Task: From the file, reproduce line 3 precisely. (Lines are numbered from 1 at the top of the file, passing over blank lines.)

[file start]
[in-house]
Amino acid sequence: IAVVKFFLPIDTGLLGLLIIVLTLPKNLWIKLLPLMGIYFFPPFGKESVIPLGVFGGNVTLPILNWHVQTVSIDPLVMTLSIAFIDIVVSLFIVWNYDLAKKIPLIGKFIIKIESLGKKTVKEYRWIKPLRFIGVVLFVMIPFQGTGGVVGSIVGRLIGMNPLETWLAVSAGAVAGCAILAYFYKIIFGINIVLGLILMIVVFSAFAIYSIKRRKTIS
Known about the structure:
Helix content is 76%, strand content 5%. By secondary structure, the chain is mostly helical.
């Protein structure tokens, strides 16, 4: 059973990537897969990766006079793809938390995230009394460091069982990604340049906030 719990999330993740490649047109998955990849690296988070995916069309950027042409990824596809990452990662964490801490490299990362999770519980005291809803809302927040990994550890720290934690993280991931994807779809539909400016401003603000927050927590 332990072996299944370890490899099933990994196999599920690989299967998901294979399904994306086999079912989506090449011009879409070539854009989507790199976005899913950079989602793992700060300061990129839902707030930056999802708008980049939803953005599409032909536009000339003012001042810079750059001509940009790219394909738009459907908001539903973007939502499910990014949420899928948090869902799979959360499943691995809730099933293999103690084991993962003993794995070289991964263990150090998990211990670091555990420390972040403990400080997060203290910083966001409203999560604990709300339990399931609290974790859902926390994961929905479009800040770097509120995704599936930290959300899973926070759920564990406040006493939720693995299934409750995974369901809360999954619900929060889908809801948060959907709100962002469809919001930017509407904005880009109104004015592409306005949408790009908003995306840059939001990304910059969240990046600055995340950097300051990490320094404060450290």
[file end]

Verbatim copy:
Known about the structure: